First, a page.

50 Hertz oversensing

Tracing N° 1
Boston Scientific Devices: ICD Field: Sensing

This 59-year-old man underwent implantation of a Boston Science Cognis triple chamber defibrillator in the context of severe ischemic cardiomyopathy with left bundle branch block. An episode of NSVT is diagnosed during a routine follow-up visit. 

Graph and trace


Episode diagnosed as NSVT.

Graph and tracing

  1. atrial sensing and biventricular stimulation;
  2. sensing of very rapid signals, which saturate the baseline in the atrial channel, and are also visible on the ventricular sensing channel and on the high-voltage channel, though of lower amplitude; these signals are not sensed;
  3. sensing of noise at the level of the LV channel (LVP-Ns);
  4. increase in the amplitude of these signals at the level of the RV sensing channel and of the high-voltage channel; temporary oversensing of the noise at the level of the RV sensing channel;
  5. after 3 consecutive short cycles (VT-VF-VF), an episode of NSVT is recorded;
  6. end of oversensing;
  7. further oversensing on the RV channel, though the initial 8 out of 10 sensing criterion is never fulfilled.

Second tracing

  1. same as previous tracing at a different sweep speed, highlighting the characteristic sinusoidal 50 Hz waveform (20 ms between signals). 

This tracing highlights the usual characteristics observed in patients presenting with electromagnetic interference, including
1) exposure to an emitting source at the time of the episode (in this patient a poorly insulated household appliance), and
2) short, regular, uninterrupted signals throughout the cardiac cycle. By changing the sweep speed, the Boston Scientific defibrillators enable the demonstration of a characteristic sinusoidal waveform with a 20-ms separation between each signal; in double or triple chamber defibrillators, the signals are usually visible on the atrial, the RV and LV and the high-voltage channels. Their amplitude is greater on the high-voltage than on the sensing channel. They are managed by a) identifying their source, and b) avoiding the use of poorly grounded devices.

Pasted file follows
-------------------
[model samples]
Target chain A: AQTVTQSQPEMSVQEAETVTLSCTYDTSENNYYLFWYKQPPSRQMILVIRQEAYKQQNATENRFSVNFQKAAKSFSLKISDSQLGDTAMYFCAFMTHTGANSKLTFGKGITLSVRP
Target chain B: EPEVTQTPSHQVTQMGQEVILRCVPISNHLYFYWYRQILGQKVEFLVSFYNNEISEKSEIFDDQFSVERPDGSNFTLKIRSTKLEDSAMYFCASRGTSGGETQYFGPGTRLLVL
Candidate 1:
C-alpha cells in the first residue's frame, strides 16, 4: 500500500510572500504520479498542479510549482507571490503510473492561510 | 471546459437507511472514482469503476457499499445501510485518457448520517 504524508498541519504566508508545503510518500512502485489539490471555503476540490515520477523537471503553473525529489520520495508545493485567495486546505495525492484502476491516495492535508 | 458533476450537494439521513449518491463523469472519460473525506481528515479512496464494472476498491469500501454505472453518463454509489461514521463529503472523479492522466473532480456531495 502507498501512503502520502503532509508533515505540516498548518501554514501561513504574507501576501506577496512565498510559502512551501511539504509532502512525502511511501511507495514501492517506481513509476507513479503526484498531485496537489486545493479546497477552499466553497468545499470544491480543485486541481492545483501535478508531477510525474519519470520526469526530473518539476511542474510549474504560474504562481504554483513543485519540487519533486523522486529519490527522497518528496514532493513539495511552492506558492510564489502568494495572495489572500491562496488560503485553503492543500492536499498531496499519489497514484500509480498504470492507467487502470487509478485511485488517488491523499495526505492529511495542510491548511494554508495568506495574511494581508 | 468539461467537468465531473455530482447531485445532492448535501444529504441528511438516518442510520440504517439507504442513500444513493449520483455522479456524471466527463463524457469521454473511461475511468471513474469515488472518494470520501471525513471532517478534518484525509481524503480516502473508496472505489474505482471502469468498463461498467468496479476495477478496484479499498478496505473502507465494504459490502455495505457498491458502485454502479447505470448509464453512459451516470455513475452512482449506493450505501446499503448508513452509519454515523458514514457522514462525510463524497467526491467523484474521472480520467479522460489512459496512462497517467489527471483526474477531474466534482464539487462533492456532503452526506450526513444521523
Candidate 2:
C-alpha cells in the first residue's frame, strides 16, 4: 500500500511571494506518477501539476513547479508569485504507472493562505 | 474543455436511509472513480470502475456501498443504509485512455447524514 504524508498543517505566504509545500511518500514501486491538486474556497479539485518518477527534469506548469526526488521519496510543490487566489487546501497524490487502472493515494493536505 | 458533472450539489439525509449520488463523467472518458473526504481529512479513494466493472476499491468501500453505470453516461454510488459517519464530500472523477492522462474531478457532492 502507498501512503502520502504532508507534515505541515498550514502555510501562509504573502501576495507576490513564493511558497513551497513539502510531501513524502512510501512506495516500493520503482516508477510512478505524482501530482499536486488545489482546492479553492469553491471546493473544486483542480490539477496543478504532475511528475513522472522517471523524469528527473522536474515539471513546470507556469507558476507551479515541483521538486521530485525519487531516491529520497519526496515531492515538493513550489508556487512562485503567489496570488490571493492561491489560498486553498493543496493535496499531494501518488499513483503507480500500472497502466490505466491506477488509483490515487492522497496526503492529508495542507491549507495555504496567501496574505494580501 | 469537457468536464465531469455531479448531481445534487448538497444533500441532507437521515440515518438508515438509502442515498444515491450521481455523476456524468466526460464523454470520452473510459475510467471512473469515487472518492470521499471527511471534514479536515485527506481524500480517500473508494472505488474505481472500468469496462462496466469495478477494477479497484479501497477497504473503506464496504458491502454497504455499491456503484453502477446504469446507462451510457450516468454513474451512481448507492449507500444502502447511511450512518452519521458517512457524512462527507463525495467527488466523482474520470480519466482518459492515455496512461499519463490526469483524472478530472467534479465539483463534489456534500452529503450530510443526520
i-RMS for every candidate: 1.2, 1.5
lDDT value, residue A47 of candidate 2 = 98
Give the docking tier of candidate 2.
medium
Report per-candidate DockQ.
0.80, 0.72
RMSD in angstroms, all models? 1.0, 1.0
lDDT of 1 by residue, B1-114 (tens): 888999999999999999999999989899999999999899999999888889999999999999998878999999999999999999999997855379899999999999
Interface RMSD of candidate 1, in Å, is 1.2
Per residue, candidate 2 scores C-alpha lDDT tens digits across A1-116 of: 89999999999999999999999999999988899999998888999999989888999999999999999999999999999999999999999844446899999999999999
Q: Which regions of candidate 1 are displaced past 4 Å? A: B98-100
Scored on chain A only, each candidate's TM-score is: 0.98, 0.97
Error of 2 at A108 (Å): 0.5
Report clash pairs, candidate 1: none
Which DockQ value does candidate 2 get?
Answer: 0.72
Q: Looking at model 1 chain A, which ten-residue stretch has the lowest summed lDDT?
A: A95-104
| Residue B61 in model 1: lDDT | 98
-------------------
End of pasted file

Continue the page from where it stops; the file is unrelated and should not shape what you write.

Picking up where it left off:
A mode of response to noise can be programmed, which is activated when the noise is prolonged and diagnosed by the device. This algorithm is triggered by signals sensed in the noise window of the ventricular blanking period. The tracing displays the AN, VN, RVN or LVN noise markers, while the markers AP-Ns, VP-Ns, RVP-Ns and LVP-Ns indicate asynchronous pacing in response to the sensing of continuous noise. An asynchronous (AOO, VOO or DOO) or an inhibitory (OOO) pacing mode can also be programmed.

Theoritical features / Basic concepts

Sensing and detecting episodes Detection zones SENSING AND DETECTING EPISODES Auto-adjusting sensitivity The effective operation of an Implantable Cardioverter Defibrillator (ICD) relies on its ability to detect both fast ventricular signals and low amplitude ventricular fibrillation signals without detecting T waves or extra-cardiac signals when the patient is in sinus rhythm. In order to ensure appropriate sensing, the device should be programmed with a high sensitivity (low detection threshold) and short refractory periods. Unlike a pacemaker the detection threshold is not programmed to a fixed value. The detection threshold automatically adjusts based on the amplitude of the preceding R-wave. Following a sensed or paced ventricular event the detection circuit starts a blanking period...